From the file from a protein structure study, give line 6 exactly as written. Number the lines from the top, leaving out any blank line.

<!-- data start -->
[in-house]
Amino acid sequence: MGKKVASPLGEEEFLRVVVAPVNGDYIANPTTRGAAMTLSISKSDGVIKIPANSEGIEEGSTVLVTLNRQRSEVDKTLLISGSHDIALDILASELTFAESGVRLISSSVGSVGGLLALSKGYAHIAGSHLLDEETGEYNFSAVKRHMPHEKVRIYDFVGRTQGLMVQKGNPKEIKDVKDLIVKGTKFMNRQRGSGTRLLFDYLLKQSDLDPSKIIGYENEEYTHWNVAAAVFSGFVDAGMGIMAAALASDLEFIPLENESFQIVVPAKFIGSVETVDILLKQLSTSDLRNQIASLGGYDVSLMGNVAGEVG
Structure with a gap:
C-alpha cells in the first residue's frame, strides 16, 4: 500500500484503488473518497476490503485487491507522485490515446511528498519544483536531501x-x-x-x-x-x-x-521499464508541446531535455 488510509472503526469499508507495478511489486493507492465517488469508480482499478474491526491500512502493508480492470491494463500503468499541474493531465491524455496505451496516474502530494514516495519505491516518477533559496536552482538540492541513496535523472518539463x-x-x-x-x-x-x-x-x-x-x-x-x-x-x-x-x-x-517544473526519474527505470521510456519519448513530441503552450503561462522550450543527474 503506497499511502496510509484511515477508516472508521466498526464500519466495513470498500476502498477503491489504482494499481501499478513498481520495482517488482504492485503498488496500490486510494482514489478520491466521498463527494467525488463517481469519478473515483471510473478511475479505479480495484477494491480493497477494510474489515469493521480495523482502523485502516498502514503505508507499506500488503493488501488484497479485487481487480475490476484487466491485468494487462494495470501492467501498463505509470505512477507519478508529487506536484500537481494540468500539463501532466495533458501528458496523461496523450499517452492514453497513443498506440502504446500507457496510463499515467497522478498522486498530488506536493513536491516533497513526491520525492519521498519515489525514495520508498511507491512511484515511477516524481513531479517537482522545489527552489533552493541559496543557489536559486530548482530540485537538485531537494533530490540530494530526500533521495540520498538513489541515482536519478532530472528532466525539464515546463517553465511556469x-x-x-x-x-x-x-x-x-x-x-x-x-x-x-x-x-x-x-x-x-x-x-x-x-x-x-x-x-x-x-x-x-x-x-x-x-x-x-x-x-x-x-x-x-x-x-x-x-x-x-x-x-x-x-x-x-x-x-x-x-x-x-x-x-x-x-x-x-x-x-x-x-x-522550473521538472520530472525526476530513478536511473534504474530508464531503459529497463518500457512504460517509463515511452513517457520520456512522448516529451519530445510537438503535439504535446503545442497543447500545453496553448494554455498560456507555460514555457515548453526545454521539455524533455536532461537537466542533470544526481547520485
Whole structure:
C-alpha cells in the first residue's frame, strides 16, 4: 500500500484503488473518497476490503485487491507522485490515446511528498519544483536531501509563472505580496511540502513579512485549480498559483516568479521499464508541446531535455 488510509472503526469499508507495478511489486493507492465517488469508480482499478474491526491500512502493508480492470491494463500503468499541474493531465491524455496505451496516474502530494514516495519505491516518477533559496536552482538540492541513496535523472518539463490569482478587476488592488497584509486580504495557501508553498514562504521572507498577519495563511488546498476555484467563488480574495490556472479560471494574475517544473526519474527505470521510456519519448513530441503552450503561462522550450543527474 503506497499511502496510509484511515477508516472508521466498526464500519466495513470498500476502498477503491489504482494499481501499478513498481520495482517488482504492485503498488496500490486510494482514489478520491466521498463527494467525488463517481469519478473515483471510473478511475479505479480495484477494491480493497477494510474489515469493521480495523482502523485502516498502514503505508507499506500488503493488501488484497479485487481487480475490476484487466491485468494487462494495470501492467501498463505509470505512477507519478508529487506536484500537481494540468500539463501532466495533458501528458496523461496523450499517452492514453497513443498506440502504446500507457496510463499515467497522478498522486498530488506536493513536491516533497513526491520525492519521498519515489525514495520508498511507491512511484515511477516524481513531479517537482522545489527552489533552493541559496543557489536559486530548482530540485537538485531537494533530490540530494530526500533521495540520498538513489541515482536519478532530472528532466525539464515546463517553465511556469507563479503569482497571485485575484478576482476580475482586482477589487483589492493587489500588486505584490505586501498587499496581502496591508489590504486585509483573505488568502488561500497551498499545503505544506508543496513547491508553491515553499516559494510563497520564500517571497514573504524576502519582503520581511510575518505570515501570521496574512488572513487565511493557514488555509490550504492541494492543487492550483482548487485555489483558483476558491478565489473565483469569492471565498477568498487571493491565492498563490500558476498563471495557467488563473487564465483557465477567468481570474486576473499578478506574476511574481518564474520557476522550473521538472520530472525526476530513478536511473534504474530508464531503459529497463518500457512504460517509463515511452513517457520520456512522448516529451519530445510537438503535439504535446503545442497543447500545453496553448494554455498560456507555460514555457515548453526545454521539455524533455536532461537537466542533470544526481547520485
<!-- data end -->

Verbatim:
C-alpha cells in the first residue's frame, strides 16, 4: 500500500484503488473518497476490503485487491507522485490515446511528498519544483536531501509563472505580496511540502513579512485549480498559483516568479521499464508541446531535455 488510509472503526469499508507495478511489486493507492465517488469508480482499478474491526491500512502493508480492470491494463500503468499541474493531465491524455496505451496516474502530494514516495519505491516518477533559496536552482538540492541513496535523472518539463490569482478587476488592488497584509486580504495557501508553498514562504521572507498577519495563511488546498476555484467563488480574495490556472479560471494574475517544473526519474527505470521510456519519448513530441503552450503561462522550450543527474 503506497499511502496510509484511515477508516472508521466498526464500519466495513470498500476502498477503491489504482494499481501499478513498481520495482517488482504492485503498488496500490486510494482514489478520491466521498463527494467525488463517481469519478473515483471510473478511475479505479480495484477494491480493497477494510474489515469493521480495523482502523485502516498502514503505508507499506500488503493488501488484497479485487481487480475490476484487466491485468494487462494495470501492467501498463505509470505512477507519478508529487506536484500537481494540468500539463501532466495533458501528458496523461496523450499517452492514453497513443498506440502504446500507457496510463499515467497522478498522486498530488506536493513536491516533497513526491520525492519521498519515489525514495520508498511507491512511484515511477516524481513531479517537482522545489527552489533552493541559496543557489536559486530548482530540485537538485531537494533530490540530494530526500533521495540520498538513489541515482536519478532530472528532466525539464515546463517553465511556469507563479503569482497571485485575484478576482476580475482586482477589487483589492493587489500588486505584490505586501498587499496581502496591508489590504486585509483573505488568502488561500497551498499545503505544506508543496513547491508553491515553499516559494510563497520564500517571497514573504524576502519582503520581511510575518505570515501570521496574512488572513487565511493557514488555509490550504492541494492543487492550483482548487485555489483558483476558491478565489473565483469569492471565498477568498487571493491565492498563490500558476498563471495557467488563473487564465483557465477567468481570474486576473499578478506574476511574481518564474520557476522550473521538472520530472525526476530513478536511473534504474530508464531503459529497463518500457512504460517509463515511452513517457520520456512522448516529451519530445510537438503535439504535446503545442497543447500545453496553448494554455498560456507555460514555457515548453526545454521539455524533455536532461537537466542533470544526481547520485